We're a year old, or maybe it's happy first anniversary.

Whatever the case, April 1 marks one year since my family and I bought the Humphrey (Neb.) Democrat.

Hard to believe time's gone by so quickly.

In a year's time, we bought a newspaper and a house, moved to Humphrey last December, and then moved the business.

All this underscores the fact you never know where life will lead you.

A couple years ago, I was certain my wife and I would live out our days in Columbus.

We both had jobs there, owned a house, our daughter was going to college a short drive away and our son was a senior in high school.

Then my former employer decided I was expendable, and our lives were turned upside down.

It could have been worse, but losing your job is scary.

But we got by, and just when it looked like I was running out of options, I learned about the opportunity in Humphrey.

Like the saying goes, life is what happens while you're making plans.

We decided to give owning a paper a try. With our son joining his sister in college, life was definitely changing.

Buying the paper helped take our minds off the empty nest at home, but change was in the air.

All this also has proven that you have to be able to make adjustments when life throws you a curveball.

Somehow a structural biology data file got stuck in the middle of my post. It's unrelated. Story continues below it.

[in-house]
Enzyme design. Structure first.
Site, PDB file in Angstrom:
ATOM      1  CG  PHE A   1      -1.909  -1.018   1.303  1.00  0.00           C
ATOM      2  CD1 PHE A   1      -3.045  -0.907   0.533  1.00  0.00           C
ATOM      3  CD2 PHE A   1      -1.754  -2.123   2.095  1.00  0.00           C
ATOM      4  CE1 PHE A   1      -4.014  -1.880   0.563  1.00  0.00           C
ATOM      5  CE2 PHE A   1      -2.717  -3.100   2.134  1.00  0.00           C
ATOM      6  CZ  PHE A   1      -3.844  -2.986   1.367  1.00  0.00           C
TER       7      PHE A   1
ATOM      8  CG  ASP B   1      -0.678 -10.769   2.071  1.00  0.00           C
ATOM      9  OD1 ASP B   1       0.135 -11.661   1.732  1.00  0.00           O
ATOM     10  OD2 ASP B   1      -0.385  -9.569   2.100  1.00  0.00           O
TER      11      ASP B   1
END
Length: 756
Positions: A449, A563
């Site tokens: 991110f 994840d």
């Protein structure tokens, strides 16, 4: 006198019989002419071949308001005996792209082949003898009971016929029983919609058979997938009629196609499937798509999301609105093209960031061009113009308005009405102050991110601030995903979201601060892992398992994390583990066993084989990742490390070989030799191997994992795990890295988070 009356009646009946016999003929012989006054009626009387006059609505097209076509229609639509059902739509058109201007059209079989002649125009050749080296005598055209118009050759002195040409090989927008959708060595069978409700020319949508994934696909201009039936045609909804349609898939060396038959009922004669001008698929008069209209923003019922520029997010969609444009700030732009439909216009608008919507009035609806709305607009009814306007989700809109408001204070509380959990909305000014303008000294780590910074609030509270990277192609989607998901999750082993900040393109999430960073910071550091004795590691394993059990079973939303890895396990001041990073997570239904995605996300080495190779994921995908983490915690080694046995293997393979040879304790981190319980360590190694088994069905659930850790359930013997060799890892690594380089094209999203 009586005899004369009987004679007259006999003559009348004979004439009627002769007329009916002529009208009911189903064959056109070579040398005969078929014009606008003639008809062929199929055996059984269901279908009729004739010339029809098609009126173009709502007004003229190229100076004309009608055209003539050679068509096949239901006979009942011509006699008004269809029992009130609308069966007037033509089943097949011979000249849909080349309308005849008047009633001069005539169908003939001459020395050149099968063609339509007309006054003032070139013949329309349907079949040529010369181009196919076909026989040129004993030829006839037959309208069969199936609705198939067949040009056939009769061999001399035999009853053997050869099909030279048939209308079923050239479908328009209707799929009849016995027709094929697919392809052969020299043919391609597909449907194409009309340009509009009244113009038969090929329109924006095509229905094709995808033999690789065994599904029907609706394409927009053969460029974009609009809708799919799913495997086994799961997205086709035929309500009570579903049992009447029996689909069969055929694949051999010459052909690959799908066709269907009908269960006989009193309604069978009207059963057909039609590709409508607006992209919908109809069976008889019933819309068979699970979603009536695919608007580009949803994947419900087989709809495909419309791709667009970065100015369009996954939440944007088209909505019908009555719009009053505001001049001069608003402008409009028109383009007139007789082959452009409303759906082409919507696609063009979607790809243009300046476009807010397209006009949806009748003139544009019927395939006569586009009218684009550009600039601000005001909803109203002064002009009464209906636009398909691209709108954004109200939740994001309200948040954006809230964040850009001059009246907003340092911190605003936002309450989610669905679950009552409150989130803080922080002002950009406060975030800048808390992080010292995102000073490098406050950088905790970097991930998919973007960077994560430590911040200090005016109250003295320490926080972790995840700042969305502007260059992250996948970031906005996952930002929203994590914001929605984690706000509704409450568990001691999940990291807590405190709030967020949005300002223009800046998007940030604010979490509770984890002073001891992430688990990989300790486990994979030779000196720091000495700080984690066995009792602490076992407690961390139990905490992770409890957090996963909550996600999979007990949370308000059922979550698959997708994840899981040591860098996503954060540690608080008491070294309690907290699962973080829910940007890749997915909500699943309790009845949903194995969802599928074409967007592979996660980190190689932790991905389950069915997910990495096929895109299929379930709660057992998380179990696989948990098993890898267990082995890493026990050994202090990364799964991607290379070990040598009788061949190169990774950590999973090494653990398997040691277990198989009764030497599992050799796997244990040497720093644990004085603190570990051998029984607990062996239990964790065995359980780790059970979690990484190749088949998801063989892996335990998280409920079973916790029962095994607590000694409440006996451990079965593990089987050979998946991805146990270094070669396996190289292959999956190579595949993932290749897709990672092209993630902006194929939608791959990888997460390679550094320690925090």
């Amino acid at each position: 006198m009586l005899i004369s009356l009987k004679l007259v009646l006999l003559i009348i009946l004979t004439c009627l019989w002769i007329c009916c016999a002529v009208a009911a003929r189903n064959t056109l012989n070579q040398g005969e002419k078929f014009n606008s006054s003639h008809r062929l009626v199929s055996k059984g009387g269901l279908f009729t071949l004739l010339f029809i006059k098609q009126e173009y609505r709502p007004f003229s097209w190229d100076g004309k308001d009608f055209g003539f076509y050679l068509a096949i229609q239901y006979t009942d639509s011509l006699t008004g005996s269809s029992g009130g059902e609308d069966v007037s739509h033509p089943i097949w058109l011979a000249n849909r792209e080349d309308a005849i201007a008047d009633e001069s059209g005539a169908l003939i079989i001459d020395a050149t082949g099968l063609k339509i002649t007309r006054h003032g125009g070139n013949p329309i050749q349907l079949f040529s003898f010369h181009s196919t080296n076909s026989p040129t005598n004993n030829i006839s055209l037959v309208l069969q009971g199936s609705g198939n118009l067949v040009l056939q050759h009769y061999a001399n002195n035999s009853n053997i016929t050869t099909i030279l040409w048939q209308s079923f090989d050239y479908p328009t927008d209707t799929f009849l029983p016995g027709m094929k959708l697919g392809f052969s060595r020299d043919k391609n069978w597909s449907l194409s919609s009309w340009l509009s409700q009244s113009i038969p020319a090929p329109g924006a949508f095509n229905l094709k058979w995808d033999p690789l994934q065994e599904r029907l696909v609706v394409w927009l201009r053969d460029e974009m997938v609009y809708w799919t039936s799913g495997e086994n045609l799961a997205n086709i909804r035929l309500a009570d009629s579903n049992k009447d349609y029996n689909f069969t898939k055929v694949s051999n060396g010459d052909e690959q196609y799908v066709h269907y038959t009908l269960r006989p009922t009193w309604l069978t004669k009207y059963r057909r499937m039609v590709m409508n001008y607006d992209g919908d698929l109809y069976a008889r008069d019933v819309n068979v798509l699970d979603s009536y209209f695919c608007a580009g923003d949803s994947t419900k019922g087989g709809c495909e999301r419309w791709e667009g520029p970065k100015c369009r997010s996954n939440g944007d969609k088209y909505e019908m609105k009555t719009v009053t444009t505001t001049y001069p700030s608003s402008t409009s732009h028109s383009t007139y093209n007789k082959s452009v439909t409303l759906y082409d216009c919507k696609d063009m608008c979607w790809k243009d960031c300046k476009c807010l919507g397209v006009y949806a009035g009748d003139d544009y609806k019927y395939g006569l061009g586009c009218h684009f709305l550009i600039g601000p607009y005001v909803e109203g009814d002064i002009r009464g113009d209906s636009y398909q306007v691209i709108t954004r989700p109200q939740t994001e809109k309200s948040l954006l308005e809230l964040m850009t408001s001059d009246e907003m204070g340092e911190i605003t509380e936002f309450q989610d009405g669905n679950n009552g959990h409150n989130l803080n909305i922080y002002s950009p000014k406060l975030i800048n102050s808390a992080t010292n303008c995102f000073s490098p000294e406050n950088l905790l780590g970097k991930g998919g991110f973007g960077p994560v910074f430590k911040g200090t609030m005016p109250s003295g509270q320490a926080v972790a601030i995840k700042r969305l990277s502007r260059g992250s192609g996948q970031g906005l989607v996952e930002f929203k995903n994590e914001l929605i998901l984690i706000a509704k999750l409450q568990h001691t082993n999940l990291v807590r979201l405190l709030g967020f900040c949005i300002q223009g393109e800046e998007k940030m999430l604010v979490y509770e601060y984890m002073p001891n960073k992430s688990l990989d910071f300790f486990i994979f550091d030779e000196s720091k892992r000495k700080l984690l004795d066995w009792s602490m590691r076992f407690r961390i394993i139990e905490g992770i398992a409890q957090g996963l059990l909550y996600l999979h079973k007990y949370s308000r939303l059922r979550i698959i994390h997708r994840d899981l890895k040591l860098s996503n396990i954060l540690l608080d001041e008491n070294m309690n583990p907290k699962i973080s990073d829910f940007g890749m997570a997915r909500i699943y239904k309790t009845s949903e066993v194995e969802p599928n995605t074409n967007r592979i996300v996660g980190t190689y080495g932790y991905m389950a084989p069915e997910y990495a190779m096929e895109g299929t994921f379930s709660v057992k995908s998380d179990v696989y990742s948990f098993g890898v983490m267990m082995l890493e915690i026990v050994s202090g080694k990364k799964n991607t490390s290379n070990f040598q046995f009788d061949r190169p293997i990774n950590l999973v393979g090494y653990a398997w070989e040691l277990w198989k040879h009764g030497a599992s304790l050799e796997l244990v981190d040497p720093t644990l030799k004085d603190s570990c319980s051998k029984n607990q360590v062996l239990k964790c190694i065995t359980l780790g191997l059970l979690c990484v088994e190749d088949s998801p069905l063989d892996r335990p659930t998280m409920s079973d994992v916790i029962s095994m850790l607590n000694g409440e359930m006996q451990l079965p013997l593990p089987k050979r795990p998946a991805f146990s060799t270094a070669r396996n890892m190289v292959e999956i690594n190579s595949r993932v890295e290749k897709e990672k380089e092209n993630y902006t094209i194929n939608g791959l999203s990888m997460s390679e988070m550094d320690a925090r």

We are not usually prone to big, bold moves, but when the opportunity arose to buy the paper, we decided to take it.

I relied on my years in the newspaper business, and my wife and I have learned the business end on the fly.

We are still learning, and every day brings a new experience.

Goes to show you that leaps of faith can pay off and that sometimes taking a chance is your best opportunity.

The newspaper has seemed like a natural fit.

I have managed people before but never a business, and nothing prepares you for being in charge except being in charge.

We've come a long way, and we are still a work in progress.

Every day we learn a little more, get a little better and enjoy it a little more.

By the time the end of the week rolls around, I am ready to stop and catch my breath.

By the time Sunday night hits, the juices start flowing again, and I'm ready for another week.

I cut my teeth on a community newspaper, and it always remained a love of mine.

Daily papers do have their advantages, with the chief one being a bigger staff so there are more people to share the workload.

But for me, nothing beats a small-town newspaper.

I can't think of a better place to operate a newspaper than Humphrey.

My family and I were welcomed from Day 1, and when I tell people where I'm from, I hear only good things about the town. So as we embark on our second year of owning the paper, we are starting to deal with events and work that is no longer completely foreign to us.

Familiarity is a good feeling and so is knowing that answering opportunities knocking was the right decision.

Patrick Murphy, of Humphrey, Neb., is a former assistant managing editor of The Telegram.